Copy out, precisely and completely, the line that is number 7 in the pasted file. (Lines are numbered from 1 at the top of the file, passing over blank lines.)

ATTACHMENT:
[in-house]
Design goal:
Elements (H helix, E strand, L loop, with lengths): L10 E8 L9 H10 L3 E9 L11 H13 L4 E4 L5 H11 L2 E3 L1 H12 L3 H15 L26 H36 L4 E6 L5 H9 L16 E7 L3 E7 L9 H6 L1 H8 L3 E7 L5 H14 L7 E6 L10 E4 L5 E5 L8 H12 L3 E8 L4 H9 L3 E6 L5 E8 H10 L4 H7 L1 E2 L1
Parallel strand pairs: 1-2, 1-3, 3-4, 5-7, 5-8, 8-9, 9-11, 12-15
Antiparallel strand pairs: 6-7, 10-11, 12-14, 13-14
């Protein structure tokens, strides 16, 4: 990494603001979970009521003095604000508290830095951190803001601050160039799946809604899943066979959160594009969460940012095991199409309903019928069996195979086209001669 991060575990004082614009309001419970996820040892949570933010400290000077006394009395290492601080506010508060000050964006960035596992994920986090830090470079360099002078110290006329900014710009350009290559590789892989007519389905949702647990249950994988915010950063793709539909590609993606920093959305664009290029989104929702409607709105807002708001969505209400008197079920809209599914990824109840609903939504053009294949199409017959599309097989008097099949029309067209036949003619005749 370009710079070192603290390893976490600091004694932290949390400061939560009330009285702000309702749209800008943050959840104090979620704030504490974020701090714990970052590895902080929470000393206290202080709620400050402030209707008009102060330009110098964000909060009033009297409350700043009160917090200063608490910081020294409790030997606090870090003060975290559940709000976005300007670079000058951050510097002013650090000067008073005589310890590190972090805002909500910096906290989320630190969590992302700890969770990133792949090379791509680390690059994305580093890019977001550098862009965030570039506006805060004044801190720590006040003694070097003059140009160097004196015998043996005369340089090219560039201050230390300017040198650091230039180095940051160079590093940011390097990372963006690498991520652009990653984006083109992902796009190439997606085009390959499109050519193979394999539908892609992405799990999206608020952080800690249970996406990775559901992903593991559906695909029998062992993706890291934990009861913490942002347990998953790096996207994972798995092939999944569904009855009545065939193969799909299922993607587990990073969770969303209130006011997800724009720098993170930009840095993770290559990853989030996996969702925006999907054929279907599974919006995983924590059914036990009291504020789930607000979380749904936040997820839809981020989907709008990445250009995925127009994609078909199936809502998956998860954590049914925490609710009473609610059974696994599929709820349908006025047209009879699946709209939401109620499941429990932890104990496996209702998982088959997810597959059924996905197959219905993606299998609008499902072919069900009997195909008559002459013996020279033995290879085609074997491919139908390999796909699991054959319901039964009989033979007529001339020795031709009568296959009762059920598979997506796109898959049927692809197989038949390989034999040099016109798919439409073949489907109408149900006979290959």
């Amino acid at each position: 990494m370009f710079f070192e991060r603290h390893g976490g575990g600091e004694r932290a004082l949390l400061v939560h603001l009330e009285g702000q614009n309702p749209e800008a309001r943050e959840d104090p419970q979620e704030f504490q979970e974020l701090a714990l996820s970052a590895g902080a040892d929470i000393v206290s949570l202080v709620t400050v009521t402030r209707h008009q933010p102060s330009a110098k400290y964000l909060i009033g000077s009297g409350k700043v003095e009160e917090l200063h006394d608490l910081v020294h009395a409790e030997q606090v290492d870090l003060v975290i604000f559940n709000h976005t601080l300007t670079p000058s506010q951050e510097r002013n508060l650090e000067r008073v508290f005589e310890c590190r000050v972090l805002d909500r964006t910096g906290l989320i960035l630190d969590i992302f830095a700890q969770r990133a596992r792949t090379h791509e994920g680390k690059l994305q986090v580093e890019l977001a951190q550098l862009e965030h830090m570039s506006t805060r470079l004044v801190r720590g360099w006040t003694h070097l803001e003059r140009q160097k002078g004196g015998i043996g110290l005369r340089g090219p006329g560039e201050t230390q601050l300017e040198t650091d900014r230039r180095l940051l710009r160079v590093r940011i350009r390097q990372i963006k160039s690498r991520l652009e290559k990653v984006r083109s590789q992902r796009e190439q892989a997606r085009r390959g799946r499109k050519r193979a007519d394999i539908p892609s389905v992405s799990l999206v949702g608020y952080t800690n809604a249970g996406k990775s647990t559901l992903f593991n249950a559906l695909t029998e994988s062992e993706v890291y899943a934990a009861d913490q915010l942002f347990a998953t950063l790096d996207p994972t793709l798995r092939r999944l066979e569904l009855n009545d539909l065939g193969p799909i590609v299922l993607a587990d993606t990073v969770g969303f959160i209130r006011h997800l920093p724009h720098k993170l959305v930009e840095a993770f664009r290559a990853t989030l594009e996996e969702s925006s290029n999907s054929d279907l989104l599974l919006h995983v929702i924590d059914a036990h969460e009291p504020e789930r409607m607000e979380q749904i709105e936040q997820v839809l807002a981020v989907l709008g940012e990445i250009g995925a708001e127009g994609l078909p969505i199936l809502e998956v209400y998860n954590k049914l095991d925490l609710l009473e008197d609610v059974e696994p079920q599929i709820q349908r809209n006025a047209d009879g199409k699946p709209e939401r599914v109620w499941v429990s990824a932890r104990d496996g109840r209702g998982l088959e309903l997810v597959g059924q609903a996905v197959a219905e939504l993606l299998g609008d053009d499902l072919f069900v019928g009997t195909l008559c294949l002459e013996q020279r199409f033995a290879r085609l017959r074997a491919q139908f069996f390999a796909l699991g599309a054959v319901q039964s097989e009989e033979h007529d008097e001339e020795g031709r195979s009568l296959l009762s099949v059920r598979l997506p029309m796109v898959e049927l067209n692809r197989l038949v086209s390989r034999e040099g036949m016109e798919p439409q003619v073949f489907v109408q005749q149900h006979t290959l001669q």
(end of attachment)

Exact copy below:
């Amino acid at each position: 990494m370009f710079f070192e991060r603290h390893g976490g575990g600091e004694r932290a004082l949390l400061v939560h603001l009330e009285g702000q614009n309702p749209e800008a309001r943050e959840d104090p419970q979620e704030f504490q979970e974020l701090a714990l996820s970052a590895g902080a040892d929470i000393v206290s949570l202080v709620t400050v009521t402030r209707h008009q933010p102060s330009a110098k400290y964000l909060i009033g000077s009297g409350k700043v003095e009160e917090l200063h006394d608490l910081v020294h009395a409790e030997q606090v290492d870090l003060v975290i604000f559940n709000h976005t601080l300007t670079p000058s506010q951050e510097r002013n508060l650090e000067r008073v508290f005589e310890c590190r000050v972090l805002d909500r964006t910096g906290l989320i960035l630190d969590i992302f830095a700890q969770r990133a596992r792949t090379h791509e994920g680390k690059l994305q986090v580093e890019l977001a951190q550098l862009e965030h830090m570039s506006t805060r470079l004044v801190r720590g360099w006040t003694h070097l803001e003059r140009q160097k002078g004196g015998i043996g110290l005369r340089g090219p006329g560039e201050t230390q601050l300017e040198t650091d900014r230039r180095l940051l710009r160079v590093r940011i350009r390097q990372i963006k160039s690498r991520l652009e290559k990653v984006r083109s590789q992902r796009e190439q892989a997606r085009r390959g799946r499109k050519r193979a007519d394999i539908p892609s389905v992405s799990l999206v949702g608020y952080t800690n809604a249970g996406k990775s647990t559901l992903f593991n249950a559906l695909t029998e994988s062992e993706v890291y899943a934990a009861d913490q915010l942002f347990a998953t950063l790096d996207p994972t793709l798995r092939r999944l066979e569904l009855n009545d539909l065939g193969p799909i590609v299922l993607a587990d993606t990073v969770g969303f959160i209130r006011h997800l920093p724009h720098k993170l959305v930009e840095a993770f664009r290559a990853t989030l594009e996996e969702s925006s290029n999907s054929d279907l989104l599974l919006h995983v929702i924590d059914a036990h969460e009291p504020e789930r409607m607000e979380q749904i709105e936040q997820v839809l807002a981020v989907l709008g940012e990445i250009g995925a708001e127009g994609l078909p969505i199936l809502e998956v209400y998860n954590k049914l095991d925490l609710l009473e008197d609610v059974e696994p079920q599929i709820q349908r809209n006025a047209d009879g199409k699946p709209e939401r599914v109620w499941v429990s990824a932890r104990d496996g109840r209702g998982l088959e309903l997810v597959g059924q609903a996905v197959a219905e939504l993606l299998g609008d053009d499902l072919f069900v019928g009997t195909l008559c294949l002459e013996q020279r199409f033995a290879r085609l017959r074997a491919q139908f069996f390999a796909l699991g599309a054959v319901q039964s097989e009989e033979h007529d008097e001339e020795g031709r195979s009568l296959l009762s099949v059920r598979l997506p029309m796109v898959e049927l067209n692809r197989l038949v086209s390989r034999e040099g036949m016109e798919p439409q003619v073949f489907v109408q005749q149900h006979t290959l001669q």